As training camp for the upcoming NBA season kicks off, the New York Times decided to check in on the now LeBron James-less state of Ohio. Not surprisingly, they’re still kind of mad.
Jonathan Abrams checked on the pulse of a still-reeling Cleveland in the Times piece, and found one barbershop owner who replaced his doormat with a LeBron fathead.
Yes, to enter Tony Houston’s barbershop, you walk over a life-size decal of LeBron James, although just a few months ago the same image hung proudly on the barbershop’s wall.
According to Houston, it’s the practicality of the fathead’s new location that really sticks out to him:
“So you can wipe your feet off,” Houston explained when asked why James’s sticker was now on the floor. “You can wipe them off on the way out, too.”
It’s been almost three months since LeBron deeply wounded the Cleveland Cavaliers franchise on national television (reparably or irreparably, that remains to be seen), so I wouldn’t expect them to be over it just yet. Especially now that we creep closer to the start of one of the most anticipated seasons in NBA history.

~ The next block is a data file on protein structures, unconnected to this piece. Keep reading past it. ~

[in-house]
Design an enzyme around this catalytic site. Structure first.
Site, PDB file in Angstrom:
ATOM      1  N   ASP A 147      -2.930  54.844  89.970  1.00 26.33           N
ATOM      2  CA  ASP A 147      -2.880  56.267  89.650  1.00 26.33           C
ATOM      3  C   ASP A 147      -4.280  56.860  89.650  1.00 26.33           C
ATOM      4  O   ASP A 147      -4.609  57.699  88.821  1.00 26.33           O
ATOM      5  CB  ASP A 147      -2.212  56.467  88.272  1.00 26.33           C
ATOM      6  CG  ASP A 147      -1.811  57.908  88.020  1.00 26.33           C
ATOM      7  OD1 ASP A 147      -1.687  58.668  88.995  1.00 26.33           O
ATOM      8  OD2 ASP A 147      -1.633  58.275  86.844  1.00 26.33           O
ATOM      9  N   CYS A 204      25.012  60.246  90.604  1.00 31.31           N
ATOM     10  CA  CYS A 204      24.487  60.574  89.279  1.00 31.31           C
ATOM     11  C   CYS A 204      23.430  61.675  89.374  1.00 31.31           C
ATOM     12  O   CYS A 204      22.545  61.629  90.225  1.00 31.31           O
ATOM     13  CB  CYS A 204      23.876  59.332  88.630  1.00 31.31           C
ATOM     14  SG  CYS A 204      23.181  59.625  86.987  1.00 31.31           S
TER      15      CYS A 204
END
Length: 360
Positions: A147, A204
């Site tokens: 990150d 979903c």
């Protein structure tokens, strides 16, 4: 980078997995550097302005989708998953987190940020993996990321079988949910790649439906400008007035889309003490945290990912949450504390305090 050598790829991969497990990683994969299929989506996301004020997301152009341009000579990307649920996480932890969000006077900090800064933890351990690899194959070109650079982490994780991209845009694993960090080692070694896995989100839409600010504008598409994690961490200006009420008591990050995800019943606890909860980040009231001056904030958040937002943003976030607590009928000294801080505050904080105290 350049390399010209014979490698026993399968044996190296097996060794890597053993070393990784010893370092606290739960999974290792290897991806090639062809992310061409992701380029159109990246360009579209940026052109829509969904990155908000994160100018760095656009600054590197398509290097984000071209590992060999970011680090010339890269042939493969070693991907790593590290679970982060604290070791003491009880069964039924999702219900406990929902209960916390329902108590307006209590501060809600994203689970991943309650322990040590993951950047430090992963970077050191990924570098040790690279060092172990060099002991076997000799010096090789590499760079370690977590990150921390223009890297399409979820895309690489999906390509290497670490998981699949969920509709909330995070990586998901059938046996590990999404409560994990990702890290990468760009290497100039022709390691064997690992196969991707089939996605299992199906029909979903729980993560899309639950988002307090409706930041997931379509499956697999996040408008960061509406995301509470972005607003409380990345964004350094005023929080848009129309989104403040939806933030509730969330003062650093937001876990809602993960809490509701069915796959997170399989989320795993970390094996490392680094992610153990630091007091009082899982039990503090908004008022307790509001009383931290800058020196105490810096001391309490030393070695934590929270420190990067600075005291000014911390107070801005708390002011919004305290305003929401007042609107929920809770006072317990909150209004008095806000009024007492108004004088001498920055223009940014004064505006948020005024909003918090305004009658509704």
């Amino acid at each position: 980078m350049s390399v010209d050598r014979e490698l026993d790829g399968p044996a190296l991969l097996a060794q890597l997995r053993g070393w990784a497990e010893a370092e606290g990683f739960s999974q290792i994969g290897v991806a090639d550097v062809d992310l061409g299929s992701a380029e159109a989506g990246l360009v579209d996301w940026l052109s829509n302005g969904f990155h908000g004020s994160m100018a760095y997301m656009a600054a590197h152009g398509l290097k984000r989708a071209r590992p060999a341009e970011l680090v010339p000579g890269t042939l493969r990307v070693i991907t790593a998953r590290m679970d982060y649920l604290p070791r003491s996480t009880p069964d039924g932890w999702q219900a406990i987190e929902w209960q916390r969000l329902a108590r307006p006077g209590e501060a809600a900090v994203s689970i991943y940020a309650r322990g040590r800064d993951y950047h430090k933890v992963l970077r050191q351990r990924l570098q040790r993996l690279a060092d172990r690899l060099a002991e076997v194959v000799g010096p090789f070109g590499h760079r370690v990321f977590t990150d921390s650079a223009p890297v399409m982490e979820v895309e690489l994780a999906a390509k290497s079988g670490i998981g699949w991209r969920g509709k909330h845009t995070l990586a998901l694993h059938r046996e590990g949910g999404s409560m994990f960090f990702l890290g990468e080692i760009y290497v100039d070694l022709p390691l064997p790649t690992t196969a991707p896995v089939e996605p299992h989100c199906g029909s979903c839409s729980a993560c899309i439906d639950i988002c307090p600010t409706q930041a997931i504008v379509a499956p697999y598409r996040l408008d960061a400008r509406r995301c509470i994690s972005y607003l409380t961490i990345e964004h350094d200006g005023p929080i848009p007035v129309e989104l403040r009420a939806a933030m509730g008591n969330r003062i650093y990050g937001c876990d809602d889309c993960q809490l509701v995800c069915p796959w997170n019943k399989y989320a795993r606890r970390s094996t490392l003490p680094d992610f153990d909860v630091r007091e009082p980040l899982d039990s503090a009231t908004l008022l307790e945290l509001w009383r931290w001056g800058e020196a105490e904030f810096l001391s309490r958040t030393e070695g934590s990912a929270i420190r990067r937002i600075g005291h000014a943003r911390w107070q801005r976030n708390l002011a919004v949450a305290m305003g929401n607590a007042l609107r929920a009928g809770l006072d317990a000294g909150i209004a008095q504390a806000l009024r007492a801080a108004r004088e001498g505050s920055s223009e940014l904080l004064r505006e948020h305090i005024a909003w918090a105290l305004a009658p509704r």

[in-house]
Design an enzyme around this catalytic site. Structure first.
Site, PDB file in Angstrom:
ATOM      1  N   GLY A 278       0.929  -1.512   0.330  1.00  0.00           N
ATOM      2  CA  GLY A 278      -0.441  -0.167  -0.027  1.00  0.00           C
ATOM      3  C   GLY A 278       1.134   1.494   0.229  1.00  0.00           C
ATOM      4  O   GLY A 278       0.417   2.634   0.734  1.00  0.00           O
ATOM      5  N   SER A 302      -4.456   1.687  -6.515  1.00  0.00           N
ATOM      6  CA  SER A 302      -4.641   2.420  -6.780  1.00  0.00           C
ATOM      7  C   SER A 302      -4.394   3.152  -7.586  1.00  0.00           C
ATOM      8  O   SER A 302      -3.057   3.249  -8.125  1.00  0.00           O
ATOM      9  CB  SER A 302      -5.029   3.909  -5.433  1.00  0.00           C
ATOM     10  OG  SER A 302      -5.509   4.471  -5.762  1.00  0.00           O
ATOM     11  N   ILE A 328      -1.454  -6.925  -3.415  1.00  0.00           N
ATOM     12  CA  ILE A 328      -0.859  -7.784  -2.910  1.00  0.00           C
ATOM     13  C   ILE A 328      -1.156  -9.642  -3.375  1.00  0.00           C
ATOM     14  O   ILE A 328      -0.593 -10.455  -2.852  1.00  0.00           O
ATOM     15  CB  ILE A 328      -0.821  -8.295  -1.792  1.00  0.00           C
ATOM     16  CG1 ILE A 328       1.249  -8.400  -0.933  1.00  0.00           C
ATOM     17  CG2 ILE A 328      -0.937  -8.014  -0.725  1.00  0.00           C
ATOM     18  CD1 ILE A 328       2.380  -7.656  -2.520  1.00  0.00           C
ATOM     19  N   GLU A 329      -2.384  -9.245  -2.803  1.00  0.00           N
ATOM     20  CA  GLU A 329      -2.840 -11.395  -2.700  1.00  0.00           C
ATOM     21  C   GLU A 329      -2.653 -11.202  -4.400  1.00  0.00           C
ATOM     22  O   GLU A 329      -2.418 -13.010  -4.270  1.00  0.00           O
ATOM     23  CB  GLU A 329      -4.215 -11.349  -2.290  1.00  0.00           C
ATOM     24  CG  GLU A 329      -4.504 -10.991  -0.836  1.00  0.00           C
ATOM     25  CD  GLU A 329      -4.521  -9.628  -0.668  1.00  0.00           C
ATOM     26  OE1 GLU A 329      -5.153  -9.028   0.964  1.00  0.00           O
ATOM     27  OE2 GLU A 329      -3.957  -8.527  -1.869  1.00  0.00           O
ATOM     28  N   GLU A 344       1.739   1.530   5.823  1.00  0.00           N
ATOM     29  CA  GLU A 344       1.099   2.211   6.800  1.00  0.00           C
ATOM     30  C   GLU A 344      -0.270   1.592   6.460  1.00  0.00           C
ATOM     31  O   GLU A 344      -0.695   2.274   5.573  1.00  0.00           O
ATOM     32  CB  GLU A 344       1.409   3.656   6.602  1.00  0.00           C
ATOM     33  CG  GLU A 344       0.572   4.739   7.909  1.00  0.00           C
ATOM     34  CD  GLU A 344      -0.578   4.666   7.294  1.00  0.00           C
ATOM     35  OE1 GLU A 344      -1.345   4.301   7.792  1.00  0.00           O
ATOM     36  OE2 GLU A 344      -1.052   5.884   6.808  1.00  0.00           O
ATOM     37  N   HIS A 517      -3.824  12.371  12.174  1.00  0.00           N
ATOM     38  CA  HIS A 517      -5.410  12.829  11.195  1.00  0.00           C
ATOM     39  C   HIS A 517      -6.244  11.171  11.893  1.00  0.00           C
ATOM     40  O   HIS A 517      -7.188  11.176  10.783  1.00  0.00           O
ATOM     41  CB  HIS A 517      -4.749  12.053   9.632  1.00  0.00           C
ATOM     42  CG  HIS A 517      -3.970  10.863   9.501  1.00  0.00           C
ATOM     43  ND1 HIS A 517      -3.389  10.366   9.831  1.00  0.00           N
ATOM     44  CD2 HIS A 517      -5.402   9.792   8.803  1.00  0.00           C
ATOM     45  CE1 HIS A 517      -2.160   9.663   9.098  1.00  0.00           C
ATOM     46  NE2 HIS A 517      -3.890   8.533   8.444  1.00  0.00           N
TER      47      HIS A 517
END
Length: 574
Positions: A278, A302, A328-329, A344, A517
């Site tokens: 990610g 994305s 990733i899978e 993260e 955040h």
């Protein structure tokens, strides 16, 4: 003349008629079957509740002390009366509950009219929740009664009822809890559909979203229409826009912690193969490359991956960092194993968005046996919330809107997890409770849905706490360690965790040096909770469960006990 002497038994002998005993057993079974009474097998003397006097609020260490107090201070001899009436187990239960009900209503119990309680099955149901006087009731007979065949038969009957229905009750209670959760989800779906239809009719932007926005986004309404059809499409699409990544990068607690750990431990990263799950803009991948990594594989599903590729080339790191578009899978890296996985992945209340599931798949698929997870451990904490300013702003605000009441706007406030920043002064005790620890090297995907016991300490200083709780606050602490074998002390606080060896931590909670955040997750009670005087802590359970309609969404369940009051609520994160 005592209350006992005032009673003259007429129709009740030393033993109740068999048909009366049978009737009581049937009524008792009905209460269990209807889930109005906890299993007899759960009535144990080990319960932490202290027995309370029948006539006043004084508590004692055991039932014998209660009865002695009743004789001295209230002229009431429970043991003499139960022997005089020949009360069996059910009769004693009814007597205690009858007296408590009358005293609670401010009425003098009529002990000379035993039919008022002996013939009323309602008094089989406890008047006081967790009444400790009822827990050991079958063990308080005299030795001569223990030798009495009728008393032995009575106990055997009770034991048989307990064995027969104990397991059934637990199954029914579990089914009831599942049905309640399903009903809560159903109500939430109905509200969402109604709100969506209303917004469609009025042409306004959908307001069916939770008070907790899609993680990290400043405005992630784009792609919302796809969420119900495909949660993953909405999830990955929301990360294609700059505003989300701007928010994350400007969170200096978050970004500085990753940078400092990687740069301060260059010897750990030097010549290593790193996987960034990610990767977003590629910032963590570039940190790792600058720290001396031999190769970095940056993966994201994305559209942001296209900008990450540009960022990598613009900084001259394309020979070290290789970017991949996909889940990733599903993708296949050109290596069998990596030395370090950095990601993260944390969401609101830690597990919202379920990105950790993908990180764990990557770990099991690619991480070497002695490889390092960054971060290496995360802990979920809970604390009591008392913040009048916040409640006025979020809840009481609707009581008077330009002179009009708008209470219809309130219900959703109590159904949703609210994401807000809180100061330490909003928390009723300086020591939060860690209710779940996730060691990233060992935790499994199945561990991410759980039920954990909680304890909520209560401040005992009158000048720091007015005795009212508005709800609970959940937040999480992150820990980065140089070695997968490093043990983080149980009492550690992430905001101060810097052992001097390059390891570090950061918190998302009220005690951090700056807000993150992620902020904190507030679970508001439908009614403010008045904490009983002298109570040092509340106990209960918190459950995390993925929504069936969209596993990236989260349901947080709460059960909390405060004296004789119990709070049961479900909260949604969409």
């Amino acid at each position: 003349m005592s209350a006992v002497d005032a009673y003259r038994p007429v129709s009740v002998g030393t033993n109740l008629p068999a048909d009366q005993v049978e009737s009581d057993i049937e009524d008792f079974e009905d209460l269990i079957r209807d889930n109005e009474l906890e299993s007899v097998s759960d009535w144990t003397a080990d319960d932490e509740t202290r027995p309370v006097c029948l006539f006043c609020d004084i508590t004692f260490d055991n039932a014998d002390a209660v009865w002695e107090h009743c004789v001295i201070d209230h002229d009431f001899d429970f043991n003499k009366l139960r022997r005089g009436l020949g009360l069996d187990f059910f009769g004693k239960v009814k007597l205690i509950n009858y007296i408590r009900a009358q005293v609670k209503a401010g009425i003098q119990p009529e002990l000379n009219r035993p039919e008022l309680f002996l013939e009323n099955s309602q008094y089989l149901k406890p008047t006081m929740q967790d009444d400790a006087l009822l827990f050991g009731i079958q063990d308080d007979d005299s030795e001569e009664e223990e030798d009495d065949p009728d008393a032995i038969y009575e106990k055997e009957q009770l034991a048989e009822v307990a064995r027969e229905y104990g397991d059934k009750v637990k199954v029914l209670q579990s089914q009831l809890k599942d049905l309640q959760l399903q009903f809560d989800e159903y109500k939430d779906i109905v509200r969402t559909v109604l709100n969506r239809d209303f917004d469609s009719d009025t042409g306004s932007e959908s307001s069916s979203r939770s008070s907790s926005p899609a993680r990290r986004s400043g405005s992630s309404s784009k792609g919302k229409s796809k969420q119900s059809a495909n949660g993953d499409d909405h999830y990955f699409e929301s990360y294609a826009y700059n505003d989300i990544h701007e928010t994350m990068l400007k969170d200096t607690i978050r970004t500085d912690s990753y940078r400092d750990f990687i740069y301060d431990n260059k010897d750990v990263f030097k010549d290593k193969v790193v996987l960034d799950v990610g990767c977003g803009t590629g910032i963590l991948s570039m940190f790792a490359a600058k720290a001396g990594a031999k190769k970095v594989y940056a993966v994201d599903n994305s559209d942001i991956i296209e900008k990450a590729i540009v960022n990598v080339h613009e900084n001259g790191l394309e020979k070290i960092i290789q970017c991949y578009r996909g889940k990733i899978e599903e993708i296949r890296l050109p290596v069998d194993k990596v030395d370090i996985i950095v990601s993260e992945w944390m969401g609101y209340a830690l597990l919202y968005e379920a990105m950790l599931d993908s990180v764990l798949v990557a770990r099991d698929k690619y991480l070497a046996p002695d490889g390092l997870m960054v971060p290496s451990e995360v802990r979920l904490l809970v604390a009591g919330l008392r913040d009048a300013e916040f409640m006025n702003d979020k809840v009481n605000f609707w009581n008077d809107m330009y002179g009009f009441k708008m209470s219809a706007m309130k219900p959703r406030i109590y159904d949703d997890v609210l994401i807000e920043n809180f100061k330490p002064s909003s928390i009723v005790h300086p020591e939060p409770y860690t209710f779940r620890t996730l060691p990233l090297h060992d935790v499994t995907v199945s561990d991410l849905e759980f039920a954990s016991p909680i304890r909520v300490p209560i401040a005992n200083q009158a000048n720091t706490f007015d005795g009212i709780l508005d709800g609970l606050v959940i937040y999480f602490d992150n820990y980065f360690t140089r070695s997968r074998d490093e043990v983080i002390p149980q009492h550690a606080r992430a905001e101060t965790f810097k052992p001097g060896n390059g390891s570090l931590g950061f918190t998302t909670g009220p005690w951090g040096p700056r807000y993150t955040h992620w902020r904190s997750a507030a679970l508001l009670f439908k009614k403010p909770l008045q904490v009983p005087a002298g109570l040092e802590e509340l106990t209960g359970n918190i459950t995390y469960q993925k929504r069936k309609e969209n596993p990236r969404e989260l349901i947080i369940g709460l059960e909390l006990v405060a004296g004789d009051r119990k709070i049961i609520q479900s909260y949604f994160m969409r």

James’ hometown of Akron however, seems to be coping a little bit better. LeBron obviously has more supporters there because he’s their baby boy.
“Akron is standing up to those criticizing a young man who has done nothing wrong,” said Robert Deck, an assistant coach when James played youth football in the city. “That’s his job and it’s part of his business, going from one place to the next place.”
It’s known that people from Akron don’t always see eye to eye with those from Cleveland. James proved that was true by taking out an ad in the paper to say thank you to Akron and not mention Cleveland.
Others in both Cleveland and Akron agreed that there is a difference in the two cites in the way James is now perceived. That point was driven home in a newspaper advertisement James took out after he picked the Heat: he thanked Akron but not Cleveland.
Photo via Getty
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